IMDb > DI Fred Thursday (Character)
No Photo Available
Quicklinks
Top Links
main detailsbiographyby votesphoto galleryquotes
Filmographies
by yearby typeby ratingsby votesby TV seriesby genreby keyword
Biographical
biography
Did You Know?
photo galleryquotes

DI Fred Thursday (Character)
from "Endeavour: Pilot (#1.0)" (2012)

The content of this page was created by users. It has not been screened or verified by IMDb staff.

Overview


Filmography

   Edit Credits
There may be more credits available for this character. To edit the credits displayed or to add more credits to this character's filmography, click the Edit Credits link.


  1. "Endeavour"
        - Episode #4.1 (2017) TV episode, Played by Roger Allam
        - Coda (2016) TV episode, Played by Roger Allam
        - Prey (2016) TV episode, Played by Roger Allam
        - Arcadia (2016) TV episode, Played by Roger Allam
        - Ride (2016) TV episode, Played by Roger Allam
          (9 more)
  2. "Crime Connections"
        - Episode #1.5 (2012) TV episode, Played by Roger Allam

Additional Details

Genres:

Fun Stuff

Quotes:
From "Endeavour: Girl (#1.1)" (2013)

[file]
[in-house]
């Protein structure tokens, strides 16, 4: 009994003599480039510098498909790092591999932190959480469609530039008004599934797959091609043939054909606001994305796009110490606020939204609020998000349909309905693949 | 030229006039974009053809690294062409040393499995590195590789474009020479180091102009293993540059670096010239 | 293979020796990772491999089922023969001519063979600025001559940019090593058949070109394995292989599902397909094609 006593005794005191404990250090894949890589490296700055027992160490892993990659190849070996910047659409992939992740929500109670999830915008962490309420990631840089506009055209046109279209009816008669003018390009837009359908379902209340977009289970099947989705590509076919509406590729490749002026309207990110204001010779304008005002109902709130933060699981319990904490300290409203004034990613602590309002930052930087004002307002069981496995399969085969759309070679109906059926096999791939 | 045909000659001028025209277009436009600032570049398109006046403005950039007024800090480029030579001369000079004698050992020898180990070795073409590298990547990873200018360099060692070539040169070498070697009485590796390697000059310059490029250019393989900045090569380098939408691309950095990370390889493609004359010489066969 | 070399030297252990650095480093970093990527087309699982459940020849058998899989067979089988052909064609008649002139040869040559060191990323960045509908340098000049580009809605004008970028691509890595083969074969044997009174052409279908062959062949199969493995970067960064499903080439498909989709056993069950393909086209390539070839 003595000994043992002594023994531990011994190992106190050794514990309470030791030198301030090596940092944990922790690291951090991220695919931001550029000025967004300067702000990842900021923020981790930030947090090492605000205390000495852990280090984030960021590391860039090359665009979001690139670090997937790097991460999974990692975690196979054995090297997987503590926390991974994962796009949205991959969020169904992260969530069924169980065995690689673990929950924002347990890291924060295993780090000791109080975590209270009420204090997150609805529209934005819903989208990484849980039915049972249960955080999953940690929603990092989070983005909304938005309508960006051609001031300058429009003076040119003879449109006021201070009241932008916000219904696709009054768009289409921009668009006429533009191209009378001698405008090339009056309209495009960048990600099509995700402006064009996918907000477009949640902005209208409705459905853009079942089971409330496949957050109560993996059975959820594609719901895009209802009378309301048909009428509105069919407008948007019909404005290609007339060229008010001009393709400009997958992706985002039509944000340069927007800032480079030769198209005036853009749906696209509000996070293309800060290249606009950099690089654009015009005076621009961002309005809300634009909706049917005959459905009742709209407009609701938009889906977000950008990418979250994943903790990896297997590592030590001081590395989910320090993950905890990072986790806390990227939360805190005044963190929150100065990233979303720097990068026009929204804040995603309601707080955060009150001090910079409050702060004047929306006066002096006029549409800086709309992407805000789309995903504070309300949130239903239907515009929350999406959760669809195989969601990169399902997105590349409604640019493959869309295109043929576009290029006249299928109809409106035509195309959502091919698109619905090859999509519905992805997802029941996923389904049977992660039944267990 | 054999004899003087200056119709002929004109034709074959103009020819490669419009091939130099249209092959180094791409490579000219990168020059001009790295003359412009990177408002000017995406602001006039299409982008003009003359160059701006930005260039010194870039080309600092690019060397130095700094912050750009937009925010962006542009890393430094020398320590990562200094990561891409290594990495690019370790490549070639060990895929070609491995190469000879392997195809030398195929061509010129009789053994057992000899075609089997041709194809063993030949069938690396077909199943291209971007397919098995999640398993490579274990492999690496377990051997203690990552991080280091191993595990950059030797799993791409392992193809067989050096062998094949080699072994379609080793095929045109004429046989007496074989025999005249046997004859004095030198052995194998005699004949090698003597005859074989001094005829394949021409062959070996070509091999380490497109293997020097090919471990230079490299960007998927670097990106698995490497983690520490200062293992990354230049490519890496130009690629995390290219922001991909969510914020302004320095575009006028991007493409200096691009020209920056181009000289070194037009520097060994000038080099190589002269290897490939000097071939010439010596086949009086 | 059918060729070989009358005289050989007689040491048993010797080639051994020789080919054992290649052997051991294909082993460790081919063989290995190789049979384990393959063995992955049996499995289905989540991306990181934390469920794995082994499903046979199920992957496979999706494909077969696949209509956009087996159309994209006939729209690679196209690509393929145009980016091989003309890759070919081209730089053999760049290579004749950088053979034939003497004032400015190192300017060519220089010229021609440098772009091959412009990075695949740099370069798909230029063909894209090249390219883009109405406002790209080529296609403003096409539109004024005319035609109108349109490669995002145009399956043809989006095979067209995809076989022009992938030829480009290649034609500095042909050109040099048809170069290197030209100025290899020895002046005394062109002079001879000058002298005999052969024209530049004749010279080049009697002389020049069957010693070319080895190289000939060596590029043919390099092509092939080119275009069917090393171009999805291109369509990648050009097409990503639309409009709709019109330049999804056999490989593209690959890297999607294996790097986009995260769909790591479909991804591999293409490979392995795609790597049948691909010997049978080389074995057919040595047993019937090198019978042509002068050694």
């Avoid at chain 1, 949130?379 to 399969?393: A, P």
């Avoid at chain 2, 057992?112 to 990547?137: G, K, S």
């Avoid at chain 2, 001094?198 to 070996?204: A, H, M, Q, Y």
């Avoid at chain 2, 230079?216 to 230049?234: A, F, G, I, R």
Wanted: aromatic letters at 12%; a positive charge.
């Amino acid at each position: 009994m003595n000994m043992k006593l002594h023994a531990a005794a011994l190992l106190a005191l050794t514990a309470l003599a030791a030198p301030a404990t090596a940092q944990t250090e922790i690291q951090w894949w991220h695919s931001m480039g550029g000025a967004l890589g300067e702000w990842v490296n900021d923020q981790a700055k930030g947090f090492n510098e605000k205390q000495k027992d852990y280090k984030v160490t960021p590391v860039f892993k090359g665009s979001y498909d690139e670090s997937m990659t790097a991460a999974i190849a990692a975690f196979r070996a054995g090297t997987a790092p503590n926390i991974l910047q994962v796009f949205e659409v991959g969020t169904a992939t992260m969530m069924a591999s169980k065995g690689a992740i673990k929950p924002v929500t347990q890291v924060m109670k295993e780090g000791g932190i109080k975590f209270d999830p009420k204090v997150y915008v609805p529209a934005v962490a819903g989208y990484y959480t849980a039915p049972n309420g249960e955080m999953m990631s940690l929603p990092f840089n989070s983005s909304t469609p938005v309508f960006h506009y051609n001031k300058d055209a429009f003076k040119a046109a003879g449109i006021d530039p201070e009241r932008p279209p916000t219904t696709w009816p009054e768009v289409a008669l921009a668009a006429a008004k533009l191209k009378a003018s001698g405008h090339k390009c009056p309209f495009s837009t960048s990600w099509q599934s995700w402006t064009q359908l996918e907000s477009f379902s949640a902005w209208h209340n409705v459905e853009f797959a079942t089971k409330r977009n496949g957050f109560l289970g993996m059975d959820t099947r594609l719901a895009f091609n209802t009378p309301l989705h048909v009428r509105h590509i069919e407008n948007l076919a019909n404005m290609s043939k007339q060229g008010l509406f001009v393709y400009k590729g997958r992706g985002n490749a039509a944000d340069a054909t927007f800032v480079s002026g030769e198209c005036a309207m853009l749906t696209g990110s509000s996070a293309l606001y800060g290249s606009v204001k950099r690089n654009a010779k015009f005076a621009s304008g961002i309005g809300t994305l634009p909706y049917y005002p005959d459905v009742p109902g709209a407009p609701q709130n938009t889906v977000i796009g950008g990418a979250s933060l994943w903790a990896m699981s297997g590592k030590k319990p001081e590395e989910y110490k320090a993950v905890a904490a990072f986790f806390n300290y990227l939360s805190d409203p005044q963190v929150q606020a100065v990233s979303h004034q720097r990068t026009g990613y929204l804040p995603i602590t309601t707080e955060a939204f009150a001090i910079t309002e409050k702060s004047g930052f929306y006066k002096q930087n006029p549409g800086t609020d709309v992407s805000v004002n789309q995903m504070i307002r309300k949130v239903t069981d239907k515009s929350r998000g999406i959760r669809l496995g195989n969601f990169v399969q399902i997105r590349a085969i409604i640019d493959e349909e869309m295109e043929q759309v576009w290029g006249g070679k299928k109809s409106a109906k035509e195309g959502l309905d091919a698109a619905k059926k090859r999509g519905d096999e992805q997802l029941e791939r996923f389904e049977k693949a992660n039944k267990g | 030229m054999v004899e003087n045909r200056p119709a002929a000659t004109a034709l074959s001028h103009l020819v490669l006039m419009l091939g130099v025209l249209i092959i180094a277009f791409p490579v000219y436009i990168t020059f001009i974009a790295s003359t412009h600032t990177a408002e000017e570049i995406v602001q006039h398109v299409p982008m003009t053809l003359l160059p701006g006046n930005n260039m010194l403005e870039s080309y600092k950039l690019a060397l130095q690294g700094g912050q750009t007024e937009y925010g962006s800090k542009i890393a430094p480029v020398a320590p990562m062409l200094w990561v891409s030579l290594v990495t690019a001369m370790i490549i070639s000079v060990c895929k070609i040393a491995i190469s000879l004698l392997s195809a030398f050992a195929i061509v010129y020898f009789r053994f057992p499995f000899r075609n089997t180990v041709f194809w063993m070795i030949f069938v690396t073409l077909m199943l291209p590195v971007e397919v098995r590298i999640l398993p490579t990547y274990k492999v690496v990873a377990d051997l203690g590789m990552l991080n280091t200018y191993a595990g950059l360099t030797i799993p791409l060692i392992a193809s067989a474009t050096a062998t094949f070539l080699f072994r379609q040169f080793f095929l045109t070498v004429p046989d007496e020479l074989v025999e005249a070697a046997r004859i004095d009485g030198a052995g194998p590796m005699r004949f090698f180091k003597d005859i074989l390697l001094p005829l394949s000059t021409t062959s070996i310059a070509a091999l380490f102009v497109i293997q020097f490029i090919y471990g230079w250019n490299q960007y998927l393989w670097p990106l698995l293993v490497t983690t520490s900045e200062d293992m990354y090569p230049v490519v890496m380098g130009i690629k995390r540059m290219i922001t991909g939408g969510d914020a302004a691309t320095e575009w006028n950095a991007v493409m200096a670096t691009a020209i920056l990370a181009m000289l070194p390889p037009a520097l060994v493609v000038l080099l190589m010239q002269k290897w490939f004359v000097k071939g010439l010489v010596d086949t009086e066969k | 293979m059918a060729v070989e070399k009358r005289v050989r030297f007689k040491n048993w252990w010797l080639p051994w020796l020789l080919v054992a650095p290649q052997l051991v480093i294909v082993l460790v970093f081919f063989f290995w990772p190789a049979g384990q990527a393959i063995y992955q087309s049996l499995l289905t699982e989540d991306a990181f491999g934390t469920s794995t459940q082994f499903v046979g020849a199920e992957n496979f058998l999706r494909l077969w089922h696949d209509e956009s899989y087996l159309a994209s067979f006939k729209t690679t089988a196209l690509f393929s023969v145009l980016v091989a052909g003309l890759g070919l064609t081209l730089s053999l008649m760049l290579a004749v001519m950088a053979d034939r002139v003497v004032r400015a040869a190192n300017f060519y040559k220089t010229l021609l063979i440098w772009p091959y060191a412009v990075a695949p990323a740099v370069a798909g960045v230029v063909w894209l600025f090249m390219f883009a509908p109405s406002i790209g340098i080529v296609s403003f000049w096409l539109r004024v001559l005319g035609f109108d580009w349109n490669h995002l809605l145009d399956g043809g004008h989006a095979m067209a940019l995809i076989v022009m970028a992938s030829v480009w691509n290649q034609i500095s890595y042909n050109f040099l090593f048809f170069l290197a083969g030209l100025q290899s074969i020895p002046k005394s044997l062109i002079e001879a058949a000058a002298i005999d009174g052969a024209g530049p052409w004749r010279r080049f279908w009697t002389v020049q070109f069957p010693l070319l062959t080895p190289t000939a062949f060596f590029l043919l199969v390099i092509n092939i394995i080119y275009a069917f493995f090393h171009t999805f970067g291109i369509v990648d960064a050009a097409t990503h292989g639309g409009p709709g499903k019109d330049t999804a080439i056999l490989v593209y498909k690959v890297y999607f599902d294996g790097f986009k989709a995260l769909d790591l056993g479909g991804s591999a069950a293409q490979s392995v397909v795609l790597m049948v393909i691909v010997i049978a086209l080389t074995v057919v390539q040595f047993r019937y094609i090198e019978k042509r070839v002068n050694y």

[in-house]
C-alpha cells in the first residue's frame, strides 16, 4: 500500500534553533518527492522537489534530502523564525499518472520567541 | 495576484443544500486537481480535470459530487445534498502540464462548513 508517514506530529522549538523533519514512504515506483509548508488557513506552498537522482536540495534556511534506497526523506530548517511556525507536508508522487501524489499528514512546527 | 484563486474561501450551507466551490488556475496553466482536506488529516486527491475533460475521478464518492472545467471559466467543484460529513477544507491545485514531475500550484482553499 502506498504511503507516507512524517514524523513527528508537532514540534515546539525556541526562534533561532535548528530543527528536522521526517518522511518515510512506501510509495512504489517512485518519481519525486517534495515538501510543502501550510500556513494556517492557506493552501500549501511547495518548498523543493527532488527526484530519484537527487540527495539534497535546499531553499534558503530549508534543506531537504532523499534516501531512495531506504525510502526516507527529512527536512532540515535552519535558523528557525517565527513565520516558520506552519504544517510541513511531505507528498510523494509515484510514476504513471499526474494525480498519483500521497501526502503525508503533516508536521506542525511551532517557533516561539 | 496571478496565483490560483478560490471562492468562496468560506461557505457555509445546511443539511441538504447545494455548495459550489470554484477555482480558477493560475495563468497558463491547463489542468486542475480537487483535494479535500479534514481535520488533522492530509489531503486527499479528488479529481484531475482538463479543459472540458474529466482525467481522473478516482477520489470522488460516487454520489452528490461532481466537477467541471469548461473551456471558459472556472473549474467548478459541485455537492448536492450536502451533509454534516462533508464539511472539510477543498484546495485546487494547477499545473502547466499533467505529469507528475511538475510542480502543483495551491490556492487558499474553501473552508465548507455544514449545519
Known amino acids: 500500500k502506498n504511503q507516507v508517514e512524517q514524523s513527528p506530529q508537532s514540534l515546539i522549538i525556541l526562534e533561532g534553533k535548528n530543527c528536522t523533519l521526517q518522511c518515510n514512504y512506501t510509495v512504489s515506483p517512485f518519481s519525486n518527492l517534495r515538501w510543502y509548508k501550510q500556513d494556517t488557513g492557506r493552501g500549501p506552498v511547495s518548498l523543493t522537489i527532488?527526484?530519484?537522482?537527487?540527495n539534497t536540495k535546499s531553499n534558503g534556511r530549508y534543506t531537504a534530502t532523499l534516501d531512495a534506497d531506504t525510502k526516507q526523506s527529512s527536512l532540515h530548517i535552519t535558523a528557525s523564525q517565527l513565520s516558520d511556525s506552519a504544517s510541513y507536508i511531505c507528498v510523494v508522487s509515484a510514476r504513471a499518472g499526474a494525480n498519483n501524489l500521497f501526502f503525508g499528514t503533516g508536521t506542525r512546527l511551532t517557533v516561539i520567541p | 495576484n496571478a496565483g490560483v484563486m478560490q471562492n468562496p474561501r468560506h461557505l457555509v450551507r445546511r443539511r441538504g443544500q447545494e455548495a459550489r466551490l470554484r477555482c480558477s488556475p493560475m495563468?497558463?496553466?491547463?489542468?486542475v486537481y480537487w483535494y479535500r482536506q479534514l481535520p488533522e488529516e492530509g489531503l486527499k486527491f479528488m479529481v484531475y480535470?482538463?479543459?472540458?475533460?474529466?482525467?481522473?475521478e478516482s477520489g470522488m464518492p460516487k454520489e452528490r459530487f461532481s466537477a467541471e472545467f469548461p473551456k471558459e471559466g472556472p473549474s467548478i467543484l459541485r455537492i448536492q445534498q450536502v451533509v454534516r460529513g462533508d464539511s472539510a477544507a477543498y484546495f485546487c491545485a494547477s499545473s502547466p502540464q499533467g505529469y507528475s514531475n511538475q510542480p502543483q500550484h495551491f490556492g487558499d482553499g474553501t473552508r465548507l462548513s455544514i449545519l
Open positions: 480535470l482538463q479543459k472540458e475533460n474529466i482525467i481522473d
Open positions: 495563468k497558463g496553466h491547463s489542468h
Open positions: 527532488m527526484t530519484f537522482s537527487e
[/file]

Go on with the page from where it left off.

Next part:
DC Endeavour Morse: Strange, there's a blackboard there. Could you...?
[Strange gets the board]
DC Endeavour Morse: Each element is assigned a symbol: Typically an abbreviation of its name together with a unique one or two-digit atomic number. Can you write these down as I call then off?
[Strange cleans the board and writes the elements on the board as Morse calls them out]
DC Endeavour Morse: So, 74 gives us Tungsten. 17, Chlorine. 18, Argon. 19, Potassium. The elements spell out a name.
Chief Superintendent Bright: [looking at the first letters of the elements] T.C.A.P Tucap?
DC Endeavour Morse: No, not quite, sir, but you're on the right lines.
[Morse walks over to the blackboard and Strange gives him the chalk]
DC Endeavour Morse: Um, the chemical symbol for Tungsten isn't Tu as you might expect. It's W from the German Wolframite. And Potassium isn't P as you might expect but K after the Latin Kalium. Taken together they're Tungsten...
[close-ups of these four elements and their chemical symbols in the Periodic Table are seen as Morse writes the chemical symbol W]
[...]
See more »

You may correct errors and omissions on this page directly. Clicking the 'Update' button will take you through a step-by-step process.